• Decreasing Costs

Keeping costs to a minimum is on everyone’s agenda. Companies that embrace remote working save money on office space, bills and office supplies. On this note, businesses do not have to worry about losing productivity should a power outage occur or any bad weather or natural disaster that may hinder travel. An additional cost benefit is linked to having a lower turnover of staff, hence less hiring and less training. Not to mention, a lower rate in absenteeism.

  • Improving Employee Retention

Following on the above mentioned point, recruiting and training new staff comes at an expense, therefore companies are always looking for new ways of retaining their current employees as well as improve their hiring process. Flexibility and telecommuting expands the talent pool as it provides access to disabled employees and an alternative to parents and senior individuals who otherwise would be out of the workforce. Statistics also show that 36% of employees would choose flexibility and telecommuting over a pay rise as these offer a work-life balance and hence improve the satisfaction of the employee.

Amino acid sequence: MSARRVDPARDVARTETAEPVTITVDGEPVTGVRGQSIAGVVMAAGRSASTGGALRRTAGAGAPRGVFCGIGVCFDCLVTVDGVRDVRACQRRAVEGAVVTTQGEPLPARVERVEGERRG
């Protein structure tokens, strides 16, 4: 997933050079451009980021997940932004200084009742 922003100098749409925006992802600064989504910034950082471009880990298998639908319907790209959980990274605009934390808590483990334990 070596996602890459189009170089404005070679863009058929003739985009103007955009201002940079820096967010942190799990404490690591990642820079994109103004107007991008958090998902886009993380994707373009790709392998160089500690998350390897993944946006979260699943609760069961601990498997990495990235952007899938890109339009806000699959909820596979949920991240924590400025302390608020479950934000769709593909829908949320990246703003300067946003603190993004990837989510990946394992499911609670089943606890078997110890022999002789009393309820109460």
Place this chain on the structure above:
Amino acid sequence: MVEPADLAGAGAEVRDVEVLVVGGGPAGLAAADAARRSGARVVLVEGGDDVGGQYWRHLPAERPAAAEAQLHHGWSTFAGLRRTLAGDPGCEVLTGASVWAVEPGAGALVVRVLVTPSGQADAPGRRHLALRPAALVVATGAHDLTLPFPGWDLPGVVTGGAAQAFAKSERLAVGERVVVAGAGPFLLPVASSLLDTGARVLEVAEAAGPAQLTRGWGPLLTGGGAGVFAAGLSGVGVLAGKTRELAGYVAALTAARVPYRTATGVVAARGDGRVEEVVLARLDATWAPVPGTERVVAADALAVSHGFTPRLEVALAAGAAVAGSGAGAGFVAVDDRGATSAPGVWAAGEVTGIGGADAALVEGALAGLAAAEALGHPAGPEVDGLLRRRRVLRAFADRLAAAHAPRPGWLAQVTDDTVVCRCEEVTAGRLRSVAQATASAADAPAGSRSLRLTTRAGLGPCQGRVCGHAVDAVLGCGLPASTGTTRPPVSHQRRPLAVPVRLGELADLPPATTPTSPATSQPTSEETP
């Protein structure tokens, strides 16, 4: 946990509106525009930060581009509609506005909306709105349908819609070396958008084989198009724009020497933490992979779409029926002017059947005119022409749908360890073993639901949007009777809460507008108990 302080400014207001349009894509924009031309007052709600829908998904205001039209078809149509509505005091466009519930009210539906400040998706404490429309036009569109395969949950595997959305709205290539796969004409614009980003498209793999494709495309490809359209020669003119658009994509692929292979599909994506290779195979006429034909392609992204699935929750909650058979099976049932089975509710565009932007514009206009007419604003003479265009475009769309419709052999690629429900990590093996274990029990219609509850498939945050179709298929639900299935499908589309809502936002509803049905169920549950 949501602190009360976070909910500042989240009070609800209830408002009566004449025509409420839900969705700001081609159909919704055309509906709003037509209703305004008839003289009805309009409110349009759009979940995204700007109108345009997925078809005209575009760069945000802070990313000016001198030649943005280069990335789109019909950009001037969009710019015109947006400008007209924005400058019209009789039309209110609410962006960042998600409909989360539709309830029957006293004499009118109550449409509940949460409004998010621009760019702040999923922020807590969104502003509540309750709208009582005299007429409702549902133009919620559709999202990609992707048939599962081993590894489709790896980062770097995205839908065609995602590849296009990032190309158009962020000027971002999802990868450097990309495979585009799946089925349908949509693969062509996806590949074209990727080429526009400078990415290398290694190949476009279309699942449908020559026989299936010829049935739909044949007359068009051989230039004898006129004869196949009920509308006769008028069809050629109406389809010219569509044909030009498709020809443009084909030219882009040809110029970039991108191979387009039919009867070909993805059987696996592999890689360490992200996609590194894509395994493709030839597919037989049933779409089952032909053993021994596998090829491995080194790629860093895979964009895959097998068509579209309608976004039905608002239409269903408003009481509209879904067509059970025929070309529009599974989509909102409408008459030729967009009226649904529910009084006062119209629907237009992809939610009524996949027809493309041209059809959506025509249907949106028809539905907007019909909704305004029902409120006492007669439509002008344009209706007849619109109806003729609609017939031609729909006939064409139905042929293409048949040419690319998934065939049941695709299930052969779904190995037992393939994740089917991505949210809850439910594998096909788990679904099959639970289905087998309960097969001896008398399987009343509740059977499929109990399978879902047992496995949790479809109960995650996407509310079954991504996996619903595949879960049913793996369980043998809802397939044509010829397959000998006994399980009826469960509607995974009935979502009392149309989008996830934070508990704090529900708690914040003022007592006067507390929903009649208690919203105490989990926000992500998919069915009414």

Disadvantages of Working Remotely

While remote work may be a good approach, it may not be an ideal scenario for everyone. There are disadvantages to telecommuting, however one will have to evaluate whether they overshadow the disadvantages of co-located teams.

  • Lack of Camaraderie

Everyone can agree that working alone with just a computer screen to keep you company is very different from the rush that one finds in an office. Offering remote working means that you cannot randomly stop by a colleague’s desk to see how work is going; i.e. there is a loss of togetherness since employees and employers do not interact face-to-face on a daily basis.

A simple solution for this would be to organise frequent team get togethers both for strategic planning purposes as well as for team building purposes. This will also provide the team with a strong understanding of what the company values are.

  • Difficulty or Lack of Communication

With a distributed team, the right communication streams have to be used to strike the right balance between roping in employees unnecessarily and involving them proactively. At times, the other person may not be available at the other end of the line, or you may want everybody in a single room to sort everything out at once. The main concern would be that some information may slip through the cracks.

Virtual meetings can easily be organised between the employees. In addition to this, there are project management tools which allow you to keep track of what everyone says in one place.